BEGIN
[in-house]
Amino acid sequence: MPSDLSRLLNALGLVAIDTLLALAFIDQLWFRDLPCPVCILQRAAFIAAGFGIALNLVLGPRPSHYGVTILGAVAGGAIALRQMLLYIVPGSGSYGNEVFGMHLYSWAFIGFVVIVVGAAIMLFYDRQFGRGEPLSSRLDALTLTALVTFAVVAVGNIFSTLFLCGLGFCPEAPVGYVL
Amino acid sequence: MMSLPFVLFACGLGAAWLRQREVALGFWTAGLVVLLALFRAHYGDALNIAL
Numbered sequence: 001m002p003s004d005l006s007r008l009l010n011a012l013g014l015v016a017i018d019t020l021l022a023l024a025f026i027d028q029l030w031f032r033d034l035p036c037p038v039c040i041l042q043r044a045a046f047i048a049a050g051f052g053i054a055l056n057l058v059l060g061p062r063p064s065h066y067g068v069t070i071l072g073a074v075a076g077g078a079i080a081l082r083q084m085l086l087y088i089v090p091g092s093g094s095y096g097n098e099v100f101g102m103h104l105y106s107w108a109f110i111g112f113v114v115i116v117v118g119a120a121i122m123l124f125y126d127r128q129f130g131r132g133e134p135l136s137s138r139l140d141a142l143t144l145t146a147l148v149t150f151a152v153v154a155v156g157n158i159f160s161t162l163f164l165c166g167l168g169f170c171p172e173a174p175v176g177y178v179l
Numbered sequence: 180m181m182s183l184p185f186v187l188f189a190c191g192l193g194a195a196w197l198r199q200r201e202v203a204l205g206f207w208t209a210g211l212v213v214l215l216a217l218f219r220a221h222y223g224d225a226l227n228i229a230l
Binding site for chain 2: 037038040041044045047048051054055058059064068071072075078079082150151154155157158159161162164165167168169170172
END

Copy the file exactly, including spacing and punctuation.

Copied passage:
[in-house]
Amino acid sequence: MPSDLSRLLNALGLVAIDTLLALAFIDQLWFRDLPCPVCILQRAAFIAAGFGIALNLVLGPRPSHYGVTILGAVAGGAIALRQMLLYIVPGSGSYGNEVFGMHLYSWAFIGFVVIVVGAAIMLFYDRQFGRGEPLSSRLDALTLTALVTFAVVAVGNIFSTLFLCGLGFCPEAPVGYVL
Amino acid sequence: MMSLPFVLFACGLGAAWLRQREVALGFWTAGLVVLLALFRAHYGDALNIAL
Numbered sequence: 001m002p003s004d005l006s007r008l009l010n011a012l013g014l015v016a017i018d019t020l021l022a023l024a025f026i027d028q029l030w031f032r033d034l035p036c037p038v039c040i041l042q043r044a045a046f047i048a049a050g051f052g053i054a055l056n057l058v059l060g061p062r063p064s065h066y067g068v069t070i071l072g073a074v075a076g077g078a079i080a081l082r083q084m085l086l087y088i089v090p091g092s093g094s095y096g097n098e099v100f101g102m103h104l105y106s107w108a109f110i111g112f113v114v115i116v117v118g119a120a121i122m123l124f125y126d127r128q129f130g131r132g133e134p135l136s137s138r139l140d141a142l143t144l145t146a147l148v149t150f151a152v153v154a155v156g157n158i159f160s161t162l163f164l165c166g167l168g169f170c171p172e173a174p175v176g177y178v179l
Numbered sequence: 180m181m182s183l184p185f186v187l188f189a190c191g192l193g194a195a196w197l198r199q200r201e202v203a204l205g206f207w208t209a210g211l212v213v214l215l216a217l218f219r220a221h222y223g224d225a226l227n228i229a230l
Binding site for chain 2: 037038040041044045047048051054055058059064068071072075078079082150151154155157158159161162164165167168169170172